Seeking to address simmering tensions following Saturday’s Sydney Derby, FFA spokesperson Clive Umani told journalists on Tuesday that clubs are asking too much of the A-League’s part-time referees, who cannot protect players against both horror injuries and racism at the same time.
Following Western Sydney Wanderers enforcer Iacopo La Rocca’s challenge on Sydney FC midfielder Ali Abbas, which left the latter crippled with multiple ligament tears, Umani said referee Peter Green focused on listening for racial comments, so was unable to simultaneously judge the legitimacy of La Rocca’s challenge.
“After last season’s final Sydney Derby, all clubs have made it very clear they don’t want their players subjected to racial abuse and we have instructed referees to make paying attention to what players are saying their number one priority.”
Umani revealed the FFA has instructed referees to close their eyes during games in an attempt to drown out the crowd noise, so they can better hear the players.
“Why do you think referees have missed obvious bad tackles? It’s understandably not easy to see these things with your eyes closed.”
“Now all we’re hearing are complaints that referees aren’t preventing serious injury to players. What do clubs want exactly? These refs are only part-timers after all.”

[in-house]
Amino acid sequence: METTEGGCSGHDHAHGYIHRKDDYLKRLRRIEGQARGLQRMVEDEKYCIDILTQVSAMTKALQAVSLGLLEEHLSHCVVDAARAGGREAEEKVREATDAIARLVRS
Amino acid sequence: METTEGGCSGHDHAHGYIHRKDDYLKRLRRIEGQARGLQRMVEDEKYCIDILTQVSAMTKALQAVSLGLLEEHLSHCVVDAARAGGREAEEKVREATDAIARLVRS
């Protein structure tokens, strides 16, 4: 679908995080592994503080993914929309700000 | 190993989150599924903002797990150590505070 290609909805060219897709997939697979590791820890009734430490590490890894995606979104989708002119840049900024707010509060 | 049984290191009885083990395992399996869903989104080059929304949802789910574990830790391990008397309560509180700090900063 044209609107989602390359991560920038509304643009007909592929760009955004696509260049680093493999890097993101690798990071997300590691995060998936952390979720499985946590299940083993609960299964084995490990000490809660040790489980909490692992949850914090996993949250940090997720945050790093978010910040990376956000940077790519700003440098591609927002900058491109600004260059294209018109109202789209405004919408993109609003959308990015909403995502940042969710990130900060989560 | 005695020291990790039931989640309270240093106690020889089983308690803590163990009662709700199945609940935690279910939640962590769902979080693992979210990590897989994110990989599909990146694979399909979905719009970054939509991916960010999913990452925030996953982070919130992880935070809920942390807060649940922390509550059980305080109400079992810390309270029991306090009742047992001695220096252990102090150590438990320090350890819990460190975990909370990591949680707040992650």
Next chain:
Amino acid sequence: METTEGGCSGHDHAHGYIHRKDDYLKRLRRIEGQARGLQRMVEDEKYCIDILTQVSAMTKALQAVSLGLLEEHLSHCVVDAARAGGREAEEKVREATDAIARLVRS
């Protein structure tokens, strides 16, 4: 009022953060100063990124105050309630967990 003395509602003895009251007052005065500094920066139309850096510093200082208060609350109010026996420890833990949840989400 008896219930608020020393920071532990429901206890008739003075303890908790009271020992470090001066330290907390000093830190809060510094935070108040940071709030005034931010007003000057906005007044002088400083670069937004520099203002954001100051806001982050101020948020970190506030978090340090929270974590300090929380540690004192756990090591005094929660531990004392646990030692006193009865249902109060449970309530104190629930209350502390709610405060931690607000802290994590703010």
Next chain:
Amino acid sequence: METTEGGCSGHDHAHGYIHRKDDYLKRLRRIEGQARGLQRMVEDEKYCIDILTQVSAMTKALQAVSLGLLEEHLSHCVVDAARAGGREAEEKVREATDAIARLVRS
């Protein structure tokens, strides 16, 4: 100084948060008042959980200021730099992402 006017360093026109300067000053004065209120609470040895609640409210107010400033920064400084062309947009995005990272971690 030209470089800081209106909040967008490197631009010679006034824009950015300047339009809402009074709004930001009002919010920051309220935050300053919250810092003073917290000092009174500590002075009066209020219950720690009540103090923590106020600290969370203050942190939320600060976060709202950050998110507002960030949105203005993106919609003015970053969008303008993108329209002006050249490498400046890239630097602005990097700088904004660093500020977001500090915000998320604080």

With some red cards issued for dangerous tackles this season against players like Vitor Saba and Ruben Zadkovich, Umani says the referees who issued those cards said afterwards they were afraid they might have missed disgraceful remarks from players while focusing on the tackles.
“Who knows what comments weren’t heard when Saba and Zadkovich were sent off?” Umani said. “The referees were understandably upset after the game. They wish they could focus on two things at once but they’re simply not at that level.”
Umani admitted that the FFA have been unprepared for the widening gulf between A-League referees and the growing intensity of games.
“When the A-League launched, we thought it would take decades for quality of play to reach the level where you could have both racial abuse and tackles leading to crippling injuries taking place on the field at the same time, so we budgeted accordingly with part-time contracts.”
“However, we’re not a charity, and if clubs want referees to be so super-human that they can offer multiple levels of protection for players on the field, they’ll need to cough up. Otherwise, they need to ask themselves, what’s more important to them: a player’s physical well-being, or their right to avoid being discriminated against?”